The immunophenotype of MSCs was analyzed after exposure to 10 nM Au NPs for 48 h. According to the recommendations of the International Society for Cellular Therapy [38] the following surface markers were measured: CD14 (clone M4P9, BD Biosciences, #345785), CD19 (clone SJ25C1, BD, #332780), CD34 (clone 8G12, BD, #345801), CD45 (clone 2D1, BD, #332784), CD73 (clone AD2, BD, #550257), CD90 (clone 5E10, BD, #559869), CD105 (clone 266, BD, #32830) and HLA-DR (clone B8.12.2, Immunotech, #PNIM0463U). In brief, MSCs were stained for 15 min at 4 °C with fluorochrome-labeled monoclonal antibodies, washed with PBS, and resuspended in FACSFlow™ (BD, #342003) with 3% formaldehyde (Merck, #103999). The samples were measured with a LSRII FCM device with CellQuest Pro™ Software (both BD). Isotype-matched antibodies were used as negative controls (BD, #342409, #347221, #345818). FCS data were analyzed with FlowJo™ software version 9.5.3 (TreeStar Inc).

Sensitivity of MSC detection via ICP-MS

In order to prove dose dependency of our assay, dilutions of 10 nM Au NP labeled MSCs within HL-60 cells were prepared. 106 of unlabeled HL-60 were diluted with 10–0.001% labeled MSCs in increments of 10 and measured via ICP-MS. Acute promyelocytic leukemia cells (HL-60) were obtained from the American Type Culture Collection (ATCC, Manassas, VA, USA), and were maintained in RPMI 1640 (Sigma-Aldrich, #R8758) supplemented with 10% FBS, 1% penicillin/streptomycin (P/S, Sigma-Aldrich, #P4333) (complete medium) at 37 °C in 5% CO2.

Demonstration of recording biodistributions with NP labeled MSCs

To evaluate the in vivo biodistribution of NP-labeled MSCs, male BALB/cAJic− RAG2−/− IL-2Rgamma−/− mice (obtained from Prof. Dr. Dorothee von Laer; Georg-Speyer-Haus; Johann Wolfgang Goethe-Universität Frankfurt) at 12–20 weeks of age were used. The experiments were performed in the animal facility of the BMFZ, Marburg, Germany. In brief, 1 × 106 MSCs were seeded in T175 cm2 flasks and grown in complete cell culture medium. After 24 h, medium was replaced with NP containing media (10 and 50 nM Au NPs). MSC were incubated with Au NPs for 48 h to ensure cell labeling. After the desired time, the MCSs were washed three times with PBS, dissociated with trypsin, and resuspended in PBS. Subsequently, 50 μL of 1 × 106 NPs labeled MSCs were injected in a tail vein of mice. Additionally, a group of Mice were injected with 50 μL of pure Au NPs at a concentration of 1300 nM. Mice injected with PBS were used as control. 72 h post injection, the mice were sacrificed, and the amount of Au in the lung, liver, spleen, kidney, and blood was evaluated by the ICP-MS. For the control mice group, the Au detected was below 1 ppb and thus below the resolution. Data shown represent an average of n = 5 independent experiments.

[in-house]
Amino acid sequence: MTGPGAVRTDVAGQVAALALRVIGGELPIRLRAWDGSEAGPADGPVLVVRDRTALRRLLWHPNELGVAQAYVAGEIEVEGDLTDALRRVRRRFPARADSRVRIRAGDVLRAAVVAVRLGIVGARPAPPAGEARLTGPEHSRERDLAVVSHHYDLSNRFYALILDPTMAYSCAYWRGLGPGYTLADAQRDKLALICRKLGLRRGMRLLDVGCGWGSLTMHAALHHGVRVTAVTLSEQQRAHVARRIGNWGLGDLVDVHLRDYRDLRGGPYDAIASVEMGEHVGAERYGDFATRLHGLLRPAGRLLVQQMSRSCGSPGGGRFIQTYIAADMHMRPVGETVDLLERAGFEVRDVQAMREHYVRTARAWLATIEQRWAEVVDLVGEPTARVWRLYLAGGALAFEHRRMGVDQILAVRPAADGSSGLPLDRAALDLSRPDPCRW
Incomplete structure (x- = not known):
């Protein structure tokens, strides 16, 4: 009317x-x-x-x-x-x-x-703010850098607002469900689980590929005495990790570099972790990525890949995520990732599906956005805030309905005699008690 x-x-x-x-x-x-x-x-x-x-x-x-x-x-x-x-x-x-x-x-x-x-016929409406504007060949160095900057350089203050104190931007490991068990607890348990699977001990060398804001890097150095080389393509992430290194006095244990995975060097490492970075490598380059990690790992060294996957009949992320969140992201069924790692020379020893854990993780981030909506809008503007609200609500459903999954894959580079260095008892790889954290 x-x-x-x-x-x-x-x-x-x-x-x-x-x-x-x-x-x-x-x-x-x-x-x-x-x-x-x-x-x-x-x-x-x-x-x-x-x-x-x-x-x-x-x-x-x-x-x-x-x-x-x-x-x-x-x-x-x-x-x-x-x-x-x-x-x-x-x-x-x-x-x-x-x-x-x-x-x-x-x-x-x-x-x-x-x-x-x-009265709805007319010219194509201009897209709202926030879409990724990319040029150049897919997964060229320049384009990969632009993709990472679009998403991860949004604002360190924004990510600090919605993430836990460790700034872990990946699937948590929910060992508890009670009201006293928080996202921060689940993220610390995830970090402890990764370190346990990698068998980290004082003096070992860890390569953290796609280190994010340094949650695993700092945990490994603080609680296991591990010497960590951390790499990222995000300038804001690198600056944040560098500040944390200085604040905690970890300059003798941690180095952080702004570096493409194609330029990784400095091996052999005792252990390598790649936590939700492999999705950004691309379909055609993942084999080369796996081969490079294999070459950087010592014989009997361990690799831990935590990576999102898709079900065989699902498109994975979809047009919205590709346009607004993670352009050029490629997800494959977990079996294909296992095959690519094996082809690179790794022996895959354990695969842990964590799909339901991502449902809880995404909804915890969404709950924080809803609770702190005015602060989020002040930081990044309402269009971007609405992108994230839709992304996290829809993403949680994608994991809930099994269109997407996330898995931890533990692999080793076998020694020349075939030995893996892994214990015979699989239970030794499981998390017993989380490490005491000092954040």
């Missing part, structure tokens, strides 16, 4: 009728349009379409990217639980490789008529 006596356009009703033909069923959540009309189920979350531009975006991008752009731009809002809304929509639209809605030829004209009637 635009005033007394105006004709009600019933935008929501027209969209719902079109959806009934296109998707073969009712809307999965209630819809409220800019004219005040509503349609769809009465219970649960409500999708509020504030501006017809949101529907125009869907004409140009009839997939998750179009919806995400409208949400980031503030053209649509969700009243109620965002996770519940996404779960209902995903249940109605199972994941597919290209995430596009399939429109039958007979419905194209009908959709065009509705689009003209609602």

mesenchymal stromal cells






inductively coupled plasma mass spectrometry


positron or photon emission tomography


magnetic resonance imaging


iron oxide


phosphate buffered saline


transmission electron microscopy


laser doppler anemometry


poly(isobutylene-alt-maleic anhydride)


carboxyfluorescein succinimidyl ester


propidium iodide




human leukemia cell line


fetal bovine serum


Authors’ contributions

PN, RH, NF, KK, MG, BP, JH, XS, and PdP performed the experiments (all in Marburg), analyzed and interpreted the data, PN; RH, NF, WP and CB contributed in writing the manuscript. PJ and PM consulted part of the initial uptake studies. HH gave substantial careful contributions to the conception and revision of the manuscript. All authors read and approved the final manuscript.

Competing interests

All authors declare that they have no competing interests.

Availability of data and materials

All data generated or analysed during this study are included in this published article and its Additional files.

Consent for publication

All authors have given consent for publication of the manuscript.

Ethics approval

Human cell donations had been approved by the ethics committee of the Philipps-University of Marburg (study no. 64/01 and 25/10) and patients had been given written informed consent. Approval for the described animal experiments was obtained from the local authorities (Regierungspräsidium Giessen, Germany).


This work was funded in part by the German Research Foundation (DFG Grant PA 794/25-1 to WJP), by the von Behring-Röntgen-Stiftung (Grant 60-0038 to CB and HH) and the RKA Förderpool (Grant FI 38 to CB).

Open AccessThis article is distributed under the terms of the Creative Commons Attribution 4.0 International License (, which permits unrestricted use, distribution, and reproduction in any medium, provided you give appropriate credit to the original author(s) and the source, provide a link to the Creative Commons license, and indicate if changes were made. The Creative Commons Public Domain Dedication waiver ( applies to the data made available in this article, unless otherwise stated.

Authors’ Affiliations

Department of Hematology, Oncology and Immunology, Philipps University Marburg
Department of Physics, Philipps-University of Marburg
Thoraxklinik at Heidelberg University Hospital
Institute for Clinical Immunology and Transfusion Medicine, Justus-Liebig University Giessen
Laboratory of Bioengineering & Regenerative Medicine (BioReM), Kazan Federal University
CIC Biomagune